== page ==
3. Change orders that increase the approved costs of a Master Plan project by up to ten percent (10%) may be approved by the Vice President for Finance and Operations.
  4. Change orders that increase the approved cost of a project by more than ten percent (10%) shall be presented to the Capital Outlay Committee of the Governing Board for approval.
  5. The sale, trade or lease of any CNM owned Real Property, for a period of more than five (5) years or more than $25,000, requires New Mexico Board of Finance Approval per 1.5.23 NMAC.
  6. Master Plan Projects that include any of the following require New Mexico Higher Education Department Approval per 5.3.10.8.C NMAC.
    1. Any purchase of Real Property.
    2. Projects that result in additional square footage (including leases).
    3. Proposals to issue Bonds.
    4. Alterations or site improvements with an estimated project costs in excess of $300,000.
  7. Maintenance projects for facilities and information technology may be considered Master Plan or Capital Outlay projects.
  8. Capital Outlay Projects that are less than the amount to be considered to be a Master Plan Item will require the following College Approvals:
    1. Major Small Project Item: projects that have an estimated project cost greater than the amount allowed under small purchases (including gross receipts taxes) per Section 13-1-125 NMSA 1978 and less than the amount to be considered a Master Plan item, will require approval by the Budget Office and CNM Executive Oversight Committee (EOC). With the latest change to Section, 13-1-125 NMSA 1978 Effective July 1, 2013 this would be any project with projected costs greater than $60,000 (including gross receipts tax) and less than $100,000 (including gross receipts tax).
    2. Minor Small Project Items: projects that have estimated project costs that do not exceed the amount allowed under the small purchase limits (including gross receipts taxes) per Section 13-1-125 NMSA 1978 will require approval of the Budget Office and the division Vice President for the requesting division or the President (or designee) for other direct reports.

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8.03 Procurement

Effective Date:7/12/16

Section 13-1-97-C NMSA1978 requires all procurement for local public bodies shall be performed by a central purchasing office designated by the governing authority of the local public body and Section 13-1-95.2 NMSA1978 requires effective January 1 of each year beginning in 2014 and every time a chief procurement office is hired, the local public body shall provide to the state purchasing agent the name of the local public body’s chief procurement officer and information identifying the local publics body’s central purchasing office.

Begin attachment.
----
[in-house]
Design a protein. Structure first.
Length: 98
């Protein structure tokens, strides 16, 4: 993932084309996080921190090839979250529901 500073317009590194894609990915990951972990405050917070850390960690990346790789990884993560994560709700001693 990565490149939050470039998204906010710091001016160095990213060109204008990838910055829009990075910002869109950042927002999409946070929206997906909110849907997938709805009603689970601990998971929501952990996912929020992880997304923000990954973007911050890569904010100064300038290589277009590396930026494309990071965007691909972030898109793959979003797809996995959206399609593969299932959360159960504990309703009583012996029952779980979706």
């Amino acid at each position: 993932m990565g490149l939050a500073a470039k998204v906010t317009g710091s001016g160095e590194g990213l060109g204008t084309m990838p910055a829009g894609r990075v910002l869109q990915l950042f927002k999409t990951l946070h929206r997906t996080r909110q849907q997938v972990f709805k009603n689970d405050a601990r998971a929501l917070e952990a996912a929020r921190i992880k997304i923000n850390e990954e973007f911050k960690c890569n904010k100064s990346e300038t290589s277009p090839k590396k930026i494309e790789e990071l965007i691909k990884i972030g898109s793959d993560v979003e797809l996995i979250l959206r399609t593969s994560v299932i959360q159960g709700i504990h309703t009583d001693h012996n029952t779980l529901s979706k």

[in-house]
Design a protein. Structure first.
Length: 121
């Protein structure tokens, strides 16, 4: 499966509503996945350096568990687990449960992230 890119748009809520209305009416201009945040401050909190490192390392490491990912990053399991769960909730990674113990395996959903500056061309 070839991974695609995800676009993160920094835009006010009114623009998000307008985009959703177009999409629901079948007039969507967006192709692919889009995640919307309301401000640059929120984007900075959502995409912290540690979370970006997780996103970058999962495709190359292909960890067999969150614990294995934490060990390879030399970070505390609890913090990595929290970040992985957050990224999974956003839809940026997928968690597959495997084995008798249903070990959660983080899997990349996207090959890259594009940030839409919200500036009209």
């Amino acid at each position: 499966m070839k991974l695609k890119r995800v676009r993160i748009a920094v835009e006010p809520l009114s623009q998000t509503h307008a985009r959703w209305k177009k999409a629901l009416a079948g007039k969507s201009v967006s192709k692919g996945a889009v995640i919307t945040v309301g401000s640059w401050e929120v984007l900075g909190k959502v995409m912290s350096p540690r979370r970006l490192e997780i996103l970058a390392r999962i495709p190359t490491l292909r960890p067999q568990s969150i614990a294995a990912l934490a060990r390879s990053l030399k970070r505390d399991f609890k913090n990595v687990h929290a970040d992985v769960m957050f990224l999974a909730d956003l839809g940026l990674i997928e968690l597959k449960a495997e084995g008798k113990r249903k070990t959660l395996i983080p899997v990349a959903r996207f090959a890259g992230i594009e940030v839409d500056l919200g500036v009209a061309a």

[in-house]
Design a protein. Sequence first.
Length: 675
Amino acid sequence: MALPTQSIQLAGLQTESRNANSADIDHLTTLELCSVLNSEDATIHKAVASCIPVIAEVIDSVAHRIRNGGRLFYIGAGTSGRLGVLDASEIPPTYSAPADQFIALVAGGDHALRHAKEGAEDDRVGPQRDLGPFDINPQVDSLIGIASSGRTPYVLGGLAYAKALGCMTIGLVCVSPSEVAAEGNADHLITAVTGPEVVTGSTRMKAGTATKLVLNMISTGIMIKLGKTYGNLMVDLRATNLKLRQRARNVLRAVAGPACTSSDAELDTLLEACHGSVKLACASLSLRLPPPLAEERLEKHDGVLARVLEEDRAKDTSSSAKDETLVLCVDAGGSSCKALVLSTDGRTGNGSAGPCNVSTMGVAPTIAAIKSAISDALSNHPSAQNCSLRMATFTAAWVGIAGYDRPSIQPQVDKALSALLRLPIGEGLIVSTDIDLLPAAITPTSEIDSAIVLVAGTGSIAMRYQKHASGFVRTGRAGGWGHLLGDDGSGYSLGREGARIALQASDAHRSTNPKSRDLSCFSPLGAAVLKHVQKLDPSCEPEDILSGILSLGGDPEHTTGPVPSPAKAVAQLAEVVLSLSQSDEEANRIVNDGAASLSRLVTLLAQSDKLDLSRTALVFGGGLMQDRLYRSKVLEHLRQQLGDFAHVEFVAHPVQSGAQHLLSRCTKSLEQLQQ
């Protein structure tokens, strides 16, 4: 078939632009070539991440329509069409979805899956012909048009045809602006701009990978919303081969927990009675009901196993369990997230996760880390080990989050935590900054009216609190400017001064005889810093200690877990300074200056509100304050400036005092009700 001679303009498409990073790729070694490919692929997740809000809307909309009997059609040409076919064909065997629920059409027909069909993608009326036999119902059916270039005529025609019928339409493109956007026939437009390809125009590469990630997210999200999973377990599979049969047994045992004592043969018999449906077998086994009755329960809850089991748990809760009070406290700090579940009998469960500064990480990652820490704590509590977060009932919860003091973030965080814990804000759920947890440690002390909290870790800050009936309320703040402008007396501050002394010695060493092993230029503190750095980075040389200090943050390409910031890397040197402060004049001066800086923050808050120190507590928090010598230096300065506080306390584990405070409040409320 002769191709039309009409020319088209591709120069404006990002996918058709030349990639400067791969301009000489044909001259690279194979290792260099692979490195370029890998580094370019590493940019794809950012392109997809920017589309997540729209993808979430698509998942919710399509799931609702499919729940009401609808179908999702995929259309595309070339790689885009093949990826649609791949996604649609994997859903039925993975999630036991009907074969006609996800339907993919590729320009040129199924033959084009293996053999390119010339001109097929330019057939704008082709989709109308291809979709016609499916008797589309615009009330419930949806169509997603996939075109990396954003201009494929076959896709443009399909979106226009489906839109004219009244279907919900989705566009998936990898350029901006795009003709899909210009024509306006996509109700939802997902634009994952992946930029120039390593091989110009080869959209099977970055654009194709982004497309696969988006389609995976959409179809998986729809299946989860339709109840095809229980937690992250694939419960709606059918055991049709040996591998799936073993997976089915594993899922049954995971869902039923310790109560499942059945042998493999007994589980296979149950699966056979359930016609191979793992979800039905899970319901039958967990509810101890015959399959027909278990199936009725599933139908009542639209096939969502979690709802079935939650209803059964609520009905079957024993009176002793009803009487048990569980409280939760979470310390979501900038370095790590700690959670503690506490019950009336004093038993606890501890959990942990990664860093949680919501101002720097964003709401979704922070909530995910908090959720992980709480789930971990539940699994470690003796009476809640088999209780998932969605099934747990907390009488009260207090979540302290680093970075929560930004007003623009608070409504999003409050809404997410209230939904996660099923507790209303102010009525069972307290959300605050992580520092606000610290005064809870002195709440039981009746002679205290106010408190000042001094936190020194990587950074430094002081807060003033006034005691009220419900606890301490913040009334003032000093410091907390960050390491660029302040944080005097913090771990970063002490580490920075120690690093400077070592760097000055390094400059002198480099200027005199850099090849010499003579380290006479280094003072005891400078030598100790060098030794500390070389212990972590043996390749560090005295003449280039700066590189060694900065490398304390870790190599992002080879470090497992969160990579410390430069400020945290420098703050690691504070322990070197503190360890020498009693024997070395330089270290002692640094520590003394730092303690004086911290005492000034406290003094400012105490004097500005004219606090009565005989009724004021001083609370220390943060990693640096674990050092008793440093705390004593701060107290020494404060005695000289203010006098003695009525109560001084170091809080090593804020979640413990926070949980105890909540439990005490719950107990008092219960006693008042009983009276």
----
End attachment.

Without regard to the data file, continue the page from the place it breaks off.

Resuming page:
Section 13-1-30 NMSA 1978 requires that except as otherwise provided in the Procurement Code [Sections 13-1-28 through 13-1-199 NMSA 1978], that code shall apply to every expenditure by state agencies and local public bodies for the procurement of items of tangible personal property, services and construction.

  1. The CNM Director of Purchasing and Materials Management will serve as the CNM Chief Procurement Officer as required by Section 13-1-95.2 NMSA 1978 and the CNM Purchasing Office will be designated as the central purchasing office for all procurement as required by Section 13.1-95-C NMSA 1978.
  2. The CNM Procurement Office will maintain policies and procedures for the procurement of items of tangible personal property, services, and construction that comply with the Procurement Code (Sections 13-1-28 through 13-1-199 NMSA 1978).
  3. The CNM Chief Procurement Officer, with the consent of the Vice President of Finance and Operations, may delegate to subordinates as deemed necessary and appropriate by clearly delineating in writing such delegated authority and the limitations thereto.
  4. Master Plan Project procurement with an actual or potential value of $300,000 or more, inclusive of gross receipts tax, must be approved by the Governing Board Capital Outlay Committee.
  5. Master Plan project procurements with an actual or potential value of $500,000 or more, inclusive of gross receipts tax, must be approved by the Governing Board Capital Outlay Committee and subsequently, by the full Governing Board.
  6. Any non-Master-Plan procurement with an actual or potential value of $500,000 or more, inclusive of gross receipts tax, must first be approved by the Governing Board Finance Committee and, subsequently, by the full Governing Board.
  7. Contracts for legal or external auditing services having a value that meets the New Mexico Procurement Code requirements for small purchases per Section 13-1-125 NMSA 1978; an emergency procurement per Section 13-1-127 NMSA 1978; or sole source procurement per Section 13-1-126 NMSA 1978 may be awarded by the central purchasing office without further review or approval by the Governing Board.